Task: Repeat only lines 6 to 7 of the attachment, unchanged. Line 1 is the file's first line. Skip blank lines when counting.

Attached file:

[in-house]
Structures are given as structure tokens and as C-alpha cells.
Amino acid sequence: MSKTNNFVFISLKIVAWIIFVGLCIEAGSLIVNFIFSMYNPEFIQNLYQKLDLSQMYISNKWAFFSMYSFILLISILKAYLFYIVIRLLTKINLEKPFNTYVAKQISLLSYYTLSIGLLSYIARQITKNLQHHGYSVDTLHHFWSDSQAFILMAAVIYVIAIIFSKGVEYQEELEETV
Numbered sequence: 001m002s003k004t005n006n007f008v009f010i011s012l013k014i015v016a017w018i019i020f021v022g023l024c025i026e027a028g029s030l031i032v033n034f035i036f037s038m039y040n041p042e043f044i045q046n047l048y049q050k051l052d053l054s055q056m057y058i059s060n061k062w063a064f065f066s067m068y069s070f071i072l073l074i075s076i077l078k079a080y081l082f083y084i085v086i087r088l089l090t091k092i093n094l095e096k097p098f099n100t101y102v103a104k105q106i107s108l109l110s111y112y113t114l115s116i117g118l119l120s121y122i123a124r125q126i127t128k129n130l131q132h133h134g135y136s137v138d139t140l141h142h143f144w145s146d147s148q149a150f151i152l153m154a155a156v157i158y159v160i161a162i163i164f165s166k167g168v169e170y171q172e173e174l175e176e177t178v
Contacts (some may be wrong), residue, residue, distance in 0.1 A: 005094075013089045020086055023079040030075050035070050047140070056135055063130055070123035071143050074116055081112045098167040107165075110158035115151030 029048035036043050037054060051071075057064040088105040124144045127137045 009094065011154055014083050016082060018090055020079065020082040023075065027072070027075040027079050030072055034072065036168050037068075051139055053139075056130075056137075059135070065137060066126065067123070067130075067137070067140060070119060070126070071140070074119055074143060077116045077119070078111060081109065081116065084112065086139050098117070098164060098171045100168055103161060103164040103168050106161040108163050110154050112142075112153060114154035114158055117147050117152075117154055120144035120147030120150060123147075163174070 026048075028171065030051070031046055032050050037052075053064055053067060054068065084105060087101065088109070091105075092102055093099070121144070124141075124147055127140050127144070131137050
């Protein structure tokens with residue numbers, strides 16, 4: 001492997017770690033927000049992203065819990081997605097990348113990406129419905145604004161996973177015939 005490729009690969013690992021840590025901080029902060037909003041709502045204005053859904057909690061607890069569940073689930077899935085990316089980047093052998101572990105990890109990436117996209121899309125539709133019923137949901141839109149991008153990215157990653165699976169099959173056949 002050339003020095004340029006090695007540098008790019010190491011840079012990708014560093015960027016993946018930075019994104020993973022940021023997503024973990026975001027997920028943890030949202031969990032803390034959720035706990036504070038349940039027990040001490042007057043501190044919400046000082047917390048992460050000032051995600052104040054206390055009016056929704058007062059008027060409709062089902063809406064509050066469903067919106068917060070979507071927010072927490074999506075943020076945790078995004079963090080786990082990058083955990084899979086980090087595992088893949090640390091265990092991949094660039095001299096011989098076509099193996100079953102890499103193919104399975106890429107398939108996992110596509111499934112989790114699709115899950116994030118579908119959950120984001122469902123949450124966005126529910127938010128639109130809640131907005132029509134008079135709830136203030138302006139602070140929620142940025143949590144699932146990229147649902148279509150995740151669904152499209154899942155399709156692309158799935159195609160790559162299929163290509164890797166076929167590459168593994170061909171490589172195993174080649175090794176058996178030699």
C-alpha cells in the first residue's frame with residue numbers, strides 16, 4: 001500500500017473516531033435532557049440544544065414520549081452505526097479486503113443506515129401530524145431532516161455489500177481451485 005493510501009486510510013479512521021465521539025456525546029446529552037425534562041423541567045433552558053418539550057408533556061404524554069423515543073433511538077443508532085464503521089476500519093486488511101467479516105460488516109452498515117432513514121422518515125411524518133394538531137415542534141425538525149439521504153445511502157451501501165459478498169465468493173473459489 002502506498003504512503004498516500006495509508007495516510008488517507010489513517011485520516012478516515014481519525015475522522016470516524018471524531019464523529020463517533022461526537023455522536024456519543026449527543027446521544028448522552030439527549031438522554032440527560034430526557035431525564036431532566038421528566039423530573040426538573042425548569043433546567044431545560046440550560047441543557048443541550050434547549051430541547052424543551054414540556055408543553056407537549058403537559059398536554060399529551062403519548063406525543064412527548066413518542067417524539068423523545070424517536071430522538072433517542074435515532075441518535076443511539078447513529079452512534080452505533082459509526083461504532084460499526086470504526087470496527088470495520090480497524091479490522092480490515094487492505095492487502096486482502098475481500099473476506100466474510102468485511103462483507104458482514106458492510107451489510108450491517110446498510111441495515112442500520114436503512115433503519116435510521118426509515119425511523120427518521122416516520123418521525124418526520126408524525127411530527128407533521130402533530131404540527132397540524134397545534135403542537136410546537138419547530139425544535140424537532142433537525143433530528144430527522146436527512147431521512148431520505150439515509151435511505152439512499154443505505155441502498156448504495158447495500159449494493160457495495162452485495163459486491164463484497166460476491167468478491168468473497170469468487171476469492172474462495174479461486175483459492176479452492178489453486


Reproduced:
């Protein structure tokens with residue numbers, strides 16, 4: 001492997017770690033927000049992203065819990081997605097990348113990406129419905145604004161996973177015939 005490729009690969013690992021840590025901080029902060037909003041709502045204005053859904057909690061607890069569940073689930077899935085990316089980047093052998101572990105990890109990436117996209121899309125539709133019923137949901141839109149991008153990215157990653165699976169099959173056949 002050339003020095004340029006090695007540098008790019010190491011840079012990708014560093015960027016993946018930075019994104020993973022940021023997503024973990026975001027997920028943890030949202031969990032803390034959720035706990036504070038349940039027990040001490042007057043501190044919400046000082047917390048992460050000032051995600052104040054206390055009016056929704058007062059008027060409709062089902063809406064509050066469903067919106068917060070979507071927010072927490074999506075943020076945790078995004079963090080786990082990058083955990084899979086980090087595992088893949090640390091265990092991949094660039095001299096011989098076509099193996100079953102890499103193919104399975106890429107398939108996992110596509111499934112989790114699709115899950116994030118579908119959950120984001122469902123949450124966005126529910127938010128639109130809640131907005132029509134008079135709830136203030138302006139602070140929620142940025143949590144699932146990229147649902148279509150995740151669904152499209154899942155399709156692309158799935159195609160790559162299929163290509164890797166076929167590459168593994170061909171490589172195993174080649175090794176058996178030699």
C-alpha cells in the first residue's frame with residue numbers, strides 16, 4: 001500500500017473516531033435532557049440544544065414520549081452505526097479486503113443506515129401530524145431532516161455489500177481451485 005493510501009486510510013479512521021465521539025456525546029446529552037425534562041423541567045433552558053418539550057408533556061404524554069423515543073433511538077443508532085464503521089476500519093486488511101467479516105460488516109452498515117432513514121422518515125411524518133394538531137415542534141425538525149439521504153445511502157451501501165459478498169465468493173473459489 002502506498003504512503004498516500006495509508007495516510008488517507010489513517011485520516012478516515014481519525015475522522016470516524018471524531019464523529020463517533022461526537023455522536024456519543026449527543027446521544028448522552030439527549031438522554032440527560034430526557035431525564036431532566038421528566039423530573040426538573042425548569043433546567044431545560046440550560047441543557048443541550050434547549051430541547052424543551054414540556055408543553056407537549058403537559059398536554060399529551062403519548063406525543064412527548066413518542067417524539068423523545070424517536071430522538072433517542074435515532075441518535076443511539078447513529079452512534080452505533082459509526083461504532084460499526086470504526087470496527088470495520090480497524091479490522092480490515094487492505095492487502096486482502098475481500099473476506100466474510102468485511103462483507104458482514106458492510107451489510108450491517110446498510111441495515112442500520114436503512115433503519116435510521118426509515119425511523120427518521122416516520123418521525124418526520126408524525127411530527128407533521130402533530131404540527132397540524134397545534135403542537136410546537138419547530139425544535140424537532142433537525143433530528144430527522146436527512147431521512148431520505150439515509151435511505152439512499154443505505155441502498156448504495158447495500159449494493160457495495162452485495163459486491164463484497166460476491167468478491168468473497170469468487171476469492172474462495174479461486175483459492176479452492178489453486